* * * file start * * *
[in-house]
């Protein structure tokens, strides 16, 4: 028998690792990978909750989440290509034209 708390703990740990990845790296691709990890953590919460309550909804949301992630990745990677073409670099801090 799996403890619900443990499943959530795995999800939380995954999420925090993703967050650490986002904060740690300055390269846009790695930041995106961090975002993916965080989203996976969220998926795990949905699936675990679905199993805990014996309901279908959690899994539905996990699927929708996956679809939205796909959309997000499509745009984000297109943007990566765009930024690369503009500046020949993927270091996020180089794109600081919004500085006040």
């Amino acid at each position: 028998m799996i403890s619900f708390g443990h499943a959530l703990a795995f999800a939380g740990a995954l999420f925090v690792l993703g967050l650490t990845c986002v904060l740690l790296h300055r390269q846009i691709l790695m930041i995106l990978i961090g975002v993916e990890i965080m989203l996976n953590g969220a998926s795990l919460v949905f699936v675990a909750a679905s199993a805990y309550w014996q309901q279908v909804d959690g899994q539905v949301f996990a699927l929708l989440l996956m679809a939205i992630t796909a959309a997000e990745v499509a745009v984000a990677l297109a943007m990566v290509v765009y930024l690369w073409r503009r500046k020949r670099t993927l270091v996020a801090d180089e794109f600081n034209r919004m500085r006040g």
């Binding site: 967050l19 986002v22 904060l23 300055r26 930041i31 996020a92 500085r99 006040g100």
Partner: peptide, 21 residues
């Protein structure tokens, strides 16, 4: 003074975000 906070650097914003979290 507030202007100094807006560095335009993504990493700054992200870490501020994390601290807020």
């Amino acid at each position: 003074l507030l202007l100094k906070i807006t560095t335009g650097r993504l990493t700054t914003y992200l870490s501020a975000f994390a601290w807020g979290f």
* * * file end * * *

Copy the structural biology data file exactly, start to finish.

[in-house]
């Protein structure tokens, strides 16, 4: 028998690792990978909750989440290509034209 708390703990740990990845790296691709990890953590919460309550909804949301992630990745990677073409670099801090 799996403890619900443990499943959530795995999800939380995954999420925090993703967050650490986002904060740690300055390269846009790695930041995106961090975002993916965080989203996976969220998926795990949905699936675990679905199993805990014996309901279908959690899994539905996990699927929708996956679809939205796909959309997000499509745009984000297109943007990566765009930024690369503009500046020949993927270091996020180089794109600081919004500085006040």
């Amino acid at each position: 028998m799996i403890s619900f708390g443990h499943a959530l703990a795995f999800a939380g740990a995954l999420f925090v690792l993703g967050l650490t990845c986002v904060l740690l790296h300055r390269q846009i691709l790695m930041i995106l990978i961090g975002v993916e990890i965080m989203l996976n953590g969220a998926s795990l919460v949905f699936v675990a909750a679905s199993a805990y309550w014996q309901q279908v909804d959690g899994q539905v949301f996990a699927l929708l989440l996956m679809a939205i992630t796909a959309a997000e990745v499509a745009v984000a990677l297109a943007m990566v290509v765009y930024l690369w073409r503009r500046k020949r670099t993927l270091v996020a801090d180089e794109f600081n034209r919004m500085r006040g």
């Binding site: 967050l19 986002v22 904060l23 300055r26 930041i31 996020a92 500085r99 006040g100």
Partner: peptide, 21 residues
């Protein structure tokens, strides 16, 4: 003074975000 906070650097914003979290 507030202007100094807006560095335009993504990493700054992200870490501020994390601290807020």
């Amino acid at each position: 003074l507030l202007l100094k906070i807006t560095t335009g650097r993504l990493t700054t914003y992200l870490s501020a975000f994390a601290w807020g979290f």